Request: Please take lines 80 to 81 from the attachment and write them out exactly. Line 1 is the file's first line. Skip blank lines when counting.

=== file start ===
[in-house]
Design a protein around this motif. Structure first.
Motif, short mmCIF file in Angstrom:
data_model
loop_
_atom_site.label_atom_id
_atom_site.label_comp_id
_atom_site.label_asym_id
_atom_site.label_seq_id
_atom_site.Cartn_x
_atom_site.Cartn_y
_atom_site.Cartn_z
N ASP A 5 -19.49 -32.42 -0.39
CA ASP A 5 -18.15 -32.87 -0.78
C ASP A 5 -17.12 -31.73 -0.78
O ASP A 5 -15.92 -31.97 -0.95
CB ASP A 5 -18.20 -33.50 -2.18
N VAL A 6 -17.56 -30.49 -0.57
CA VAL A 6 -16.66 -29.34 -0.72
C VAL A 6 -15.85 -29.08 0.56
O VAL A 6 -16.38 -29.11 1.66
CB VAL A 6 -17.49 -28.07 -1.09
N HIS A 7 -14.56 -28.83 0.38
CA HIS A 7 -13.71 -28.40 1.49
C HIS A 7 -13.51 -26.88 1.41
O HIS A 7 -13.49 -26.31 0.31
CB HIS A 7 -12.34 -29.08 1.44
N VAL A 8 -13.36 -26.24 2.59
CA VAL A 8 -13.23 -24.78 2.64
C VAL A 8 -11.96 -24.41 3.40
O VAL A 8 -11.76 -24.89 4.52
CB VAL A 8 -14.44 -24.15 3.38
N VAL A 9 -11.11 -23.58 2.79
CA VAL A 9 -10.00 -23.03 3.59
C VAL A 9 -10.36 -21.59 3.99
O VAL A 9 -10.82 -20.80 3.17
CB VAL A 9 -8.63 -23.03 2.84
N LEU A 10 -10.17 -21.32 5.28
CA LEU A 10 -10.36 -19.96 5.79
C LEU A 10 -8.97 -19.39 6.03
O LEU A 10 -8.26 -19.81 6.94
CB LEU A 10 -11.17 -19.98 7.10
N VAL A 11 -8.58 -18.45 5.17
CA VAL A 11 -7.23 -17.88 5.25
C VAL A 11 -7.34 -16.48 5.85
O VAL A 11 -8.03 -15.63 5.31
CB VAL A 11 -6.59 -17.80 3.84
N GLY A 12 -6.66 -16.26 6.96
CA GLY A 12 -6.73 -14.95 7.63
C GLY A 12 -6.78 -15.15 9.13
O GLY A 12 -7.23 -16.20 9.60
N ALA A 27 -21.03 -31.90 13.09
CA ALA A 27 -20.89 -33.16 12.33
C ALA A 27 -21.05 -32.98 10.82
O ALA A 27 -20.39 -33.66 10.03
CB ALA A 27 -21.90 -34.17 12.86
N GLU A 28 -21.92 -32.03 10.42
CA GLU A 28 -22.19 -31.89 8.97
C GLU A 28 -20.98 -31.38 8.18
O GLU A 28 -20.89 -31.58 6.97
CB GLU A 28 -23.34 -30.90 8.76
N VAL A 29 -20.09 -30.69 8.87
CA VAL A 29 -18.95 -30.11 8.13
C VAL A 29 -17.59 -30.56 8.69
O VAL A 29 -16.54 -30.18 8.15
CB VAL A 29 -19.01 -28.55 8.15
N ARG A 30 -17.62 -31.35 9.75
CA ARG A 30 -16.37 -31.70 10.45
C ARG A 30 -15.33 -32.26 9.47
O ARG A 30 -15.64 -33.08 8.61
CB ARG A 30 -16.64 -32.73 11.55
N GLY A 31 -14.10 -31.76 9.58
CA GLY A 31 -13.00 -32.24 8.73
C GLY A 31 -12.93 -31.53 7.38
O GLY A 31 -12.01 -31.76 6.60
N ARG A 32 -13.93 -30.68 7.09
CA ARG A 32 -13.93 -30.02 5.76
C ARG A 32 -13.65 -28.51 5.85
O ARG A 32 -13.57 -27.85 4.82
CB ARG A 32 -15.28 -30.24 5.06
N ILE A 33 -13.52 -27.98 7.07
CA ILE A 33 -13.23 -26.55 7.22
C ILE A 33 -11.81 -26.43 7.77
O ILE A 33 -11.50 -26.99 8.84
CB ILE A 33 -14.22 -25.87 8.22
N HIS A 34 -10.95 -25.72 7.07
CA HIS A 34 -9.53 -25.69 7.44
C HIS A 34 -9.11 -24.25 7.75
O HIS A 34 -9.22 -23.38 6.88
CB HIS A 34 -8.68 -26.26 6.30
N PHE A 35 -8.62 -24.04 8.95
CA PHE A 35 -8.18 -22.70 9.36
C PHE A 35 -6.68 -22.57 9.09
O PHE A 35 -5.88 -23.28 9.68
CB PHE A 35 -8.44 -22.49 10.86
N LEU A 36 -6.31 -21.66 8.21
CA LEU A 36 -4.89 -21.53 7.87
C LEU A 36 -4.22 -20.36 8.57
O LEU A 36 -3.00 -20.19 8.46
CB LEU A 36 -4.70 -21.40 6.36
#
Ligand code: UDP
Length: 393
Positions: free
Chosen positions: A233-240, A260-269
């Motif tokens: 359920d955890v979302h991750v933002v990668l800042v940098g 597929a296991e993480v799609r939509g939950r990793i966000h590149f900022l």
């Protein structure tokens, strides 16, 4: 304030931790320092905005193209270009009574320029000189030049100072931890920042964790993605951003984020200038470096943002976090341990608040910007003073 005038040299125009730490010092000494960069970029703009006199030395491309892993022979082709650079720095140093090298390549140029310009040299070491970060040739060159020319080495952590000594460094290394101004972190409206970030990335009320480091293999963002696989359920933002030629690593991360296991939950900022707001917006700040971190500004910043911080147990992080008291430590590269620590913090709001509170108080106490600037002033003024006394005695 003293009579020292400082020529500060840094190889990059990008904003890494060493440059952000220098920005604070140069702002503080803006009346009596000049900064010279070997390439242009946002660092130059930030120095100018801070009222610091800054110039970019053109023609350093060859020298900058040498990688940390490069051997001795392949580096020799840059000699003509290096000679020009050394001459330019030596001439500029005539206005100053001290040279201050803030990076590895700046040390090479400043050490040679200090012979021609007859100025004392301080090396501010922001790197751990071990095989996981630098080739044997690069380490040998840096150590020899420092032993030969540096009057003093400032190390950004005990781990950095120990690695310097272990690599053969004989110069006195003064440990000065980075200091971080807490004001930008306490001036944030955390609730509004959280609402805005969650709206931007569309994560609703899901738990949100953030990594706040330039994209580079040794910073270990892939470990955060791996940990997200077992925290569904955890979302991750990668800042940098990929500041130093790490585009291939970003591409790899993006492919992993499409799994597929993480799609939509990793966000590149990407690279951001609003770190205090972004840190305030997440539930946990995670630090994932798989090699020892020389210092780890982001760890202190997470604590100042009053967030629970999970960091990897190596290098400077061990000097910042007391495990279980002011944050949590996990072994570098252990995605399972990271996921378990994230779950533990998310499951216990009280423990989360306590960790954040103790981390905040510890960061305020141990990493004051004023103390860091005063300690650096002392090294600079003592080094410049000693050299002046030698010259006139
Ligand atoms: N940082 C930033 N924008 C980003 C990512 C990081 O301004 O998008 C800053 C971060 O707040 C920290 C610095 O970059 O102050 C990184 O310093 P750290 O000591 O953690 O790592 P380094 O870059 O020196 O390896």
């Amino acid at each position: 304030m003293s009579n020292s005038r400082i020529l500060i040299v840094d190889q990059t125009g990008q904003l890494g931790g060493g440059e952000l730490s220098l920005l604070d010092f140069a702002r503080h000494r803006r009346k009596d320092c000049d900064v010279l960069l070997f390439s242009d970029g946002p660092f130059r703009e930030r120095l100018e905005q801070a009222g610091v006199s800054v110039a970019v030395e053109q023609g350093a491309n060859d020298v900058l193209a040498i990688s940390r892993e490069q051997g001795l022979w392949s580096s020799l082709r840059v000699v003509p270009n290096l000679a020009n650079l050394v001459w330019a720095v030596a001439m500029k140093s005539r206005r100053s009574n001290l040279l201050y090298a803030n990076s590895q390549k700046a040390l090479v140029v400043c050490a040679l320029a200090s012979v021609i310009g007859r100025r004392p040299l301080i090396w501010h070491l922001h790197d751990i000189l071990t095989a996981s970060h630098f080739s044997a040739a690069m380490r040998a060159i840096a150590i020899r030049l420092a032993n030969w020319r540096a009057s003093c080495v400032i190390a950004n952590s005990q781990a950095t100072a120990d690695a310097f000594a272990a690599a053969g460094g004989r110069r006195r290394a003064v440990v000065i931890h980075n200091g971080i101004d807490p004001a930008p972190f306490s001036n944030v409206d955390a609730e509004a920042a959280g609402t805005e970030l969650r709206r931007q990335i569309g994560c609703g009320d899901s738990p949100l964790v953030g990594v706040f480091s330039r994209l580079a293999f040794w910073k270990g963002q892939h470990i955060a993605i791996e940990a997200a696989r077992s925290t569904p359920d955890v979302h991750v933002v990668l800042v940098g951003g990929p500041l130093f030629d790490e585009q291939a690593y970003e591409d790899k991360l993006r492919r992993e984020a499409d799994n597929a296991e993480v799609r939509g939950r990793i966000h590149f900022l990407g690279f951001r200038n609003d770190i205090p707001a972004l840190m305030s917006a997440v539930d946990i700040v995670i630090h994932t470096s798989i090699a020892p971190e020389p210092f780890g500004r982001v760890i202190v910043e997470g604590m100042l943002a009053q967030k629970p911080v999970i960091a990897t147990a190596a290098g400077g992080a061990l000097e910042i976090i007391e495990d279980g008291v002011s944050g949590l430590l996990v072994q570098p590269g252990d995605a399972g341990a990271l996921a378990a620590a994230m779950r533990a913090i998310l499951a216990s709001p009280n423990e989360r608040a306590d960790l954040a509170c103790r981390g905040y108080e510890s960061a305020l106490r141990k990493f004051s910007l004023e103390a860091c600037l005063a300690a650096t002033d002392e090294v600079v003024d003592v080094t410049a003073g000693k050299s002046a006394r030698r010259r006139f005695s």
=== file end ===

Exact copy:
CB ARG A 32 -15.28 -30.24 5.06
N ILE A 33 -13.52 -27.98 7.07